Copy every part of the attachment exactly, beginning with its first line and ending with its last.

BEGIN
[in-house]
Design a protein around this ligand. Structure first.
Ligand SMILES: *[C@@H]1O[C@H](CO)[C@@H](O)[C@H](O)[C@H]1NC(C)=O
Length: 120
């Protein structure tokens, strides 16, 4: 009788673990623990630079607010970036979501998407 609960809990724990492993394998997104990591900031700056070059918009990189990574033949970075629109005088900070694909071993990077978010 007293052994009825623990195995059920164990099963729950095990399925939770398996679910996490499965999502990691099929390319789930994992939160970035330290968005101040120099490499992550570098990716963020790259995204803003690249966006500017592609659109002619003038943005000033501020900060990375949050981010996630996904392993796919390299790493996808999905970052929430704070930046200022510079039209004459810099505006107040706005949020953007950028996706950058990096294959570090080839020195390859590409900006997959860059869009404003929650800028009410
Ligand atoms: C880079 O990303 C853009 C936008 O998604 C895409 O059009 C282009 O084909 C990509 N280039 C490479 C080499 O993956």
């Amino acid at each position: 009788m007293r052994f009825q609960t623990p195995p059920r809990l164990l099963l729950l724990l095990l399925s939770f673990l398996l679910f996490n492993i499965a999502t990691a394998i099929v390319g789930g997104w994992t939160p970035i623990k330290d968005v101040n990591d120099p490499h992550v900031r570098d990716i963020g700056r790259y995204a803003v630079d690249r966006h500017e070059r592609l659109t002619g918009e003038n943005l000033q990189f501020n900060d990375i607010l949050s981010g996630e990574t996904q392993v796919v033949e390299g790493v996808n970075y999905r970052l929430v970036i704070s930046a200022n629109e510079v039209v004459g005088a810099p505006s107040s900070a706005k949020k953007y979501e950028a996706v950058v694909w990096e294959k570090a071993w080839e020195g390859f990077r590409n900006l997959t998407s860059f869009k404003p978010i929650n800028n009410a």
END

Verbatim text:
[in-house]
Design a protein around this ligand. Structure first.
Ligand SMILES: *[C@@H]1O[C@H](CO)[C@@H](O)[C@H](O)[C@H]1NC(C)=O
Length: 120
């Protein structure tokens, strides 16, 4: 009788673990623990630079607010970036979501998407 609960809990724990492993394998997104990591900031700056070059918009990189990574033949970075629109005088900070694909071993990077978010 007293052994009825623990195995059920164990099963729950095990399925939770398996679910996490499965999502990691099929390319789930994992939160970035330290968005101040120099490499992550570098990716963020790259995204803003690249966006500017592609659109002619003038943005000033501020900060990375949050981010996630996904392993796919390299790493996808999905970052929430704070930046200022510079039209004459810099505006107040706005949020953007950028996706950058990096294959570090080839020195390859590409900006997959860059869009404003929650800028009410
Ligand atoms: C880079 O990303 C853009 C936008 O998604 C895409 O059009 C282009 O084909 C990509 N280039 C490479 C080499 O993956």
């Amino acid at each position: 009788m007293r052994f009825q609960t623990p195995p059920r809990l164990l099963l729950l724990l095990l399925s939770f673990l398996l679910f996490n492993i499965a999502t990691a394998i099929v390319g789930g997104w994992t939160p970035i623990k330290d968005v101040n990591d120099p490499h992550v900031r570098d990716i963020g700056r790259y995204a803003v630079d690249r966006h500017e070059r592609l659109t002619g918009e003038n943005l000033q990189f501020n900060d990375i607010l949050s981010g996630e990574t996904q392993v796919v033949e390299g790493v996808n970075y999905r970052l929430v970036i704070s930046a200022n629109e510079v039209v004459g005088a810099p505006s107040s900070a706005k949020k953007y979501e950028a996706v950058v694909w990096e294959k570090a071993w080839e020195g390859f990077r590409n900006l997959t998407s860059f869009k404003p978010i929650n800028n009410a």